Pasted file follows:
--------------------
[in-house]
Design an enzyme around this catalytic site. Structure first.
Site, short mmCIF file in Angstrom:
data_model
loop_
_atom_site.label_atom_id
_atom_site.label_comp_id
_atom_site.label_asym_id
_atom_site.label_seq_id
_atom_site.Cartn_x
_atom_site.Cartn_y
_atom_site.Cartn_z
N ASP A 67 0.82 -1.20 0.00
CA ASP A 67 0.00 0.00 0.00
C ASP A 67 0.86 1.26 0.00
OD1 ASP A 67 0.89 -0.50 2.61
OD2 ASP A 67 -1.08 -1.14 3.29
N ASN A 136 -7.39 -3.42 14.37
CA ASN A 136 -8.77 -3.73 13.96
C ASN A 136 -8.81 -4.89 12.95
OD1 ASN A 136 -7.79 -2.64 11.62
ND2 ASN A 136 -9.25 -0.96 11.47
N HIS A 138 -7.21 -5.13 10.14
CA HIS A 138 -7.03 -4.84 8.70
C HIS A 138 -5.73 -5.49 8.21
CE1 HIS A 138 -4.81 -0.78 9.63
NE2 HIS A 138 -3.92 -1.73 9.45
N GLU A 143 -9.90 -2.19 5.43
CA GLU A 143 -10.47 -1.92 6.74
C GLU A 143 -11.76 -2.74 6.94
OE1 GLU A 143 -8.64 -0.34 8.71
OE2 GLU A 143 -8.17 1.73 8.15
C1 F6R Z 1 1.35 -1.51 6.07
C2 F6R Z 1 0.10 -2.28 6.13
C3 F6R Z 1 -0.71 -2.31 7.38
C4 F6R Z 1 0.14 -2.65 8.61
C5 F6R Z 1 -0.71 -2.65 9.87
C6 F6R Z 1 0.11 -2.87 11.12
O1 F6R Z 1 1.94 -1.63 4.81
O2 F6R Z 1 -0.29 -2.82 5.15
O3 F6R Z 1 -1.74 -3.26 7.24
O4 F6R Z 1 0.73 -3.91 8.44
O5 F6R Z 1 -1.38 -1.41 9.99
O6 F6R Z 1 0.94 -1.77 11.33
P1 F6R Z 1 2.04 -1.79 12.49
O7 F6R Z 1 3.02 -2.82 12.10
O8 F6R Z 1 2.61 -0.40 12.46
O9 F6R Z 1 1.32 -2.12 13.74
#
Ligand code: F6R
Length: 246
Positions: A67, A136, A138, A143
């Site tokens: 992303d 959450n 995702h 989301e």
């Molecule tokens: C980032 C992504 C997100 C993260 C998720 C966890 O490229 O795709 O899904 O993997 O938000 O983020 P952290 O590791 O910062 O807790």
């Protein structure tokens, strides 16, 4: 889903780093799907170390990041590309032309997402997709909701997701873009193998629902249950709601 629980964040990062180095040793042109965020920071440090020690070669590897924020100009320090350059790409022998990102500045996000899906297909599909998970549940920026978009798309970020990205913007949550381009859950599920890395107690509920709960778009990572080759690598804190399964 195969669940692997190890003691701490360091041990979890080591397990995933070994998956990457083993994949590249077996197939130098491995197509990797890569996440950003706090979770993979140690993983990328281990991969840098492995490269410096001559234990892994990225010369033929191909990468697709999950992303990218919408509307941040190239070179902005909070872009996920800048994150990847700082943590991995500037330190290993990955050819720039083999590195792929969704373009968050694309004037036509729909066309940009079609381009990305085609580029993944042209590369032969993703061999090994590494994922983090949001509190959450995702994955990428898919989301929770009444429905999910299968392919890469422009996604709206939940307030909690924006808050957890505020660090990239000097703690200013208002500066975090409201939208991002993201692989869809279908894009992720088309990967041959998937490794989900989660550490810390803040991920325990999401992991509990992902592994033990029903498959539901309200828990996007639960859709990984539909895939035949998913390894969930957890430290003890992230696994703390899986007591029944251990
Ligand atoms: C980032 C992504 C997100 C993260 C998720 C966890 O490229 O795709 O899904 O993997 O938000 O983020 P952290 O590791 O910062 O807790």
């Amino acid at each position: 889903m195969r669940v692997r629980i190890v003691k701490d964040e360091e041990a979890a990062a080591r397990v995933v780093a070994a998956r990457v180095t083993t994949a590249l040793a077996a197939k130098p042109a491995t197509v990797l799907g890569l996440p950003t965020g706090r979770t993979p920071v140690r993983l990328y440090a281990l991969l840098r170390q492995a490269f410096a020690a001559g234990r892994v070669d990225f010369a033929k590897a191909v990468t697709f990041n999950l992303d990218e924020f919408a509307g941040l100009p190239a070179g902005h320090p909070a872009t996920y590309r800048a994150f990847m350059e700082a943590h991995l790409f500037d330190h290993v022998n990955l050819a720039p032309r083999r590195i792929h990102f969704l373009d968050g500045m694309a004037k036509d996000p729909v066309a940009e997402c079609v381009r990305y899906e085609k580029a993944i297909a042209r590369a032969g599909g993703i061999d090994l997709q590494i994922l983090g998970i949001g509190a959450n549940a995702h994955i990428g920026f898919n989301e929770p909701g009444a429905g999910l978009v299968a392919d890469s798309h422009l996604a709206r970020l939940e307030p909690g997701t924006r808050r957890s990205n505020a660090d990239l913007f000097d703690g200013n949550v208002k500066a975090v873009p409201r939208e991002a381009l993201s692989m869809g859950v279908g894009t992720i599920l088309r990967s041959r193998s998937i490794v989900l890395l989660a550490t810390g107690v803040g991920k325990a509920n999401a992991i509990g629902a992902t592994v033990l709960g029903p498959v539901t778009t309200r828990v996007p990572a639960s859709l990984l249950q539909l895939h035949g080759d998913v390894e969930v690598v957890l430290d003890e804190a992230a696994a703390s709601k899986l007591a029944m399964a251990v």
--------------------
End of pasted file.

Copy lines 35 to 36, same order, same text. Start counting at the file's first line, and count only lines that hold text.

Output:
C3 F6R Z 1 -0.71 -2.31 7.38
C4 F6R Z 1 0.14 -2.65 8.61